Prevalence of low birthweight in Asia and the Pacific by subregion
Low birthweight is defined as a baby who weighs less than 2.5 kilograms at birth – and can refer to babies born at term or pre-term. Low birthweight is a risk factor for neonatal mortality and illness, with more than 80 percent of neonatal deaths occurring in low birthweight infants. The prevalence of low birthweight in Asia and the Pacific was 17.8 percent in 2015, higher than the global average of 14.6 percent. The prevalence of low birthweight is the highest in Southern Asia, with 26.4 percent, followed by 12.3 percent in South-eastern Asia, 9.9 percent in Oceania excluding Australia and New Zealand and 5.1 percent in Eastern Asia. Most countries have made progress since 2000, with several countries reducing the prevalence by more than 3 percentage points: Bangladesh, Cambodia, the Lao People’s Democratic Republic, Maldives, Nepal and Thailand.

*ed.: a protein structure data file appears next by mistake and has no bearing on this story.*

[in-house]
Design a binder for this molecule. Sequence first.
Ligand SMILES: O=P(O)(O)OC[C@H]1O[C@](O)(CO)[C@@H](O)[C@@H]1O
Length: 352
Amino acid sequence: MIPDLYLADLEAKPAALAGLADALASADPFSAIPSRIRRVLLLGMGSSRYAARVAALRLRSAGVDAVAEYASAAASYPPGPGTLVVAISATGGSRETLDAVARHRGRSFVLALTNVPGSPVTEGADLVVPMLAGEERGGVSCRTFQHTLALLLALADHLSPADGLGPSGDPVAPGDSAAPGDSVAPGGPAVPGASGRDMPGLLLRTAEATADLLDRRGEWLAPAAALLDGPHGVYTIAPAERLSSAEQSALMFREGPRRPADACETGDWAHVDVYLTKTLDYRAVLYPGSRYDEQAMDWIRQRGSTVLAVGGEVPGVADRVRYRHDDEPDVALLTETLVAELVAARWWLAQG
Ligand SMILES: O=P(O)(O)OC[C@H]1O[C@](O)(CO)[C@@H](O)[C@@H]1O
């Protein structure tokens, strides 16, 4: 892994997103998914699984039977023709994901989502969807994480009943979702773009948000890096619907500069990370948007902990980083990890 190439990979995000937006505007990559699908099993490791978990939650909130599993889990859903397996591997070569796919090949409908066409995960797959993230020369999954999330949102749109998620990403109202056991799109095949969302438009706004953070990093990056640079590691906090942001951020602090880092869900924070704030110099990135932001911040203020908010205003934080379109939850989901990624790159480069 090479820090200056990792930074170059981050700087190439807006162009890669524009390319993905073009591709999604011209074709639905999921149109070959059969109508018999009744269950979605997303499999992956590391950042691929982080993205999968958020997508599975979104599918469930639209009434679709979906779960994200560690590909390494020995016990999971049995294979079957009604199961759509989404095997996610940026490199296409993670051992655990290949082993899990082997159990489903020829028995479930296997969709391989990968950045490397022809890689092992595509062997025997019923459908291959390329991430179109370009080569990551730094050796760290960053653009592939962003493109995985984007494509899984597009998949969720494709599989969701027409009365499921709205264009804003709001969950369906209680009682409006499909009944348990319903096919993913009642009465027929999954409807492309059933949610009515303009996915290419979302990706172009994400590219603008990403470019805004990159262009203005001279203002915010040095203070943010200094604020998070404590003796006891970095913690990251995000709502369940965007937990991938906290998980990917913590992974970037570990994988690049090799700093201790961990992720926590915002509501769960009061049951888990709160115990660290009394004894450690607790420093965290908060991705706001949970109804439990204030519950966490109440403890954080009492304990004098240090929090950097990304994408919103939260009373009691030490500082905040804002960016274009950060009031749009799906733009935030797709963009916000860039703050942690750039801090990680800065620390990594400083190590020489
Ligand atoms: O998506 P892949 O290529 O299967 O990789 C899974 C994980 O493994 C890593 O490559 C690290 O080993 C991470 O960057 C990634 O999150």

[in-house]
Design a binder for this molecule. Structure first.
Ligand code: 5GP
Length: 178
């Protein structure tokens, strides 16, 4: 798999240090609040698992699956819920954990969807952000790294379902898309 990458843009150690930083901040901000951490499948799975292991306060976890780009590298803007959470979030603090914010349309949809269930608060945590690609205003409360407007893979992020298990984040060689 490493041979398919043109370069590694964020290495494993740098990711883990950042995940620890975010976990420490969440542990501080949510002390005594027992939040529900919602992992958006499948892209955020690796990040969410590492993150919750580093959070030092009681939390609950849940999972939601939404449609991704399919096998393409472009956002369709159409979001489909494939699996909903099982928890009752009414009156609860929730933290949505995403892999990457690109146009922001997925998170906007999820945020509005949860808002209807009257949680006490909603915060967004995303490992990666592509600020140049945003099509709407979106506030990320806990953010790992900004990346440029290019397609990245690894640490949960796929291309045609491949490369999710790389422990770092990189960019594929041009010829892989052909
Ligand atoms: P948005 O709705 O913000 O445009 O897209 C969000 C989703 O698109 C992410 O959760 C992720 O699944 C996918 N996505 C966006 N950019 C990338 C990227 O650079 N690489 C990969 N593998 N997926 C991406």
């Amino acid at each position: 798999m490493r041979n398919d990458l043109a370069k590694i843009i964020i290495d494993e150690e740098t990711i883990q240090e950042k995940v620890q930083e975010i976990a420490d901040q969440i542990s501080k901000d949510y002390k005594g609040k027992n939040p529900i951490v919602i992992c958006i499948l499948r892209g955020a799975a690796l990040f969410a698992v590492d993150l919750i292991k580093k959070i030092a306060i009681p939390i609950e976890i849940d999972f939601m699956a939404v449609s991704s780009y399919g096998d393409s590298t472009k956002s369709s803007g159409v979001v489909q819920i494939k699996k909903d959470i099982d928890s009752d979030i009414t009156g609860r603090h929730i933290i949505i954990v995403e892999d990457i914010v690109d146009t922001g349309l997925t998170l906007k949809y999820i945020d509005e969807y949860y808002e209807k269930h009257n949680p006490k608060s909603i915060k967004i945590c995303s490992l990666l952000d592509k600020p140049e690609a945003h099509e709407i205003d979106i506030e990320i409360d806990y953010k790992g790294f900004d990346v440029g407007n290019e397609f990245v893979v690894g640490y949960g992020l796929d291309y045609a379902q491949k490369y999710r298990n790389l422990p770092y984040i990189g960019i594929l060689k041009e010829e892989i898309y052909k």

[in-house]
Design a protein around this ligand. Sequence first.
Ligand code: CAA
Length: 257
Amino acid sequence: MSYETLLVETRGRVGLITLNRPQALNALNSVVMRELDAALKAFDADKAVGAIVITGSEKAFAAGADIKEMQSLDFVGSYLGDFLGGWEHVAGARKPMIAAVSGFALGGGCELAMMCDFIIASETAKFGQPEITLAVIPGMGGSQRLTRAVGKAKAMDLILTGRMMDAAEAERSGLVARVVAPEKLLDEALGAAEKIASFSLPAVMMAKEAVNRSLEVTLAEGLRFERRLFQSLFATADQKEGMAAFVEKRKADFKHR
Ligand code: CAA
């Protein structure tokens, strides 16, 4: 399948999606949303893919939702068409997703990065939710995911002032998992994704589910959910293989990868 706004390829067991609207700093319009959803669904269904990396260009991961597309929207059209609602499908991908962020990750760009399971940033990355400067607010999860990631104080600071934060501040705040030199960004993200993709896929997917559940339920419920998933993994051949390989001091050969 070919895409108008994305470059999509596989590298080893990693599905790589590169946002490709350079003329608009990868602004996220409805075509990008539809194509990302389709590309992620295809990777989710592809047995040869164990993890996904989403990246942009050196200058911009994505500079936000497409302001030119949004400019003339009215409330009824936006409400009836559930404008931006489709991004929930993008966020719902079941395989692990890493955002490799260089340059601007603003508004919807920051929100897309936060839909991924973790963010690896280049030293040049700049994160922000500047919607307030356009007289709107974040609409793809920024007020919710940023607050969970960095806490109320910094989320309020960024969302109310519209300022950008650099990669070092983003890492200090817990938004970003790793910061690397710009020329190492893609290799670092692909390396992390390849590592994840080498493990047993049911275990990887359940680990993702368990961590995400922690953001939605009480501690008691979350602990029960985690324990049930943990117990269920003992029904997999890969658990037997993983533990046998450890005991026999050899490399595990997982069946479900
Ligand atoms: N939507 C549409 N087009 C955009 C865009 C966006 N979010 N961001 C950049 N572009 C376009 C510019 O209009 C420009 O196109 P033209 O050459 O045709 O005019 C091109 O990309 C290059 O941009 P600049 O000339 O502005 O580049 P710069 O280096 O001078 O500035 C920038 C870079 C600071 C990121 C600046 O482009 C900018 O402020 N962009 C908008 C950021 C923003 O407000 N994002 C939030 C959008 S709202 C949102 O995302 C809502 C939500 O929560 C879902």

|Asia and the Pacific||27.0||25.0||23.4||22.8||22.3||22.1|
|Oceania excluding Australia and New Zealand||10.4||10.2||10.1||10.0||9.9||9.9|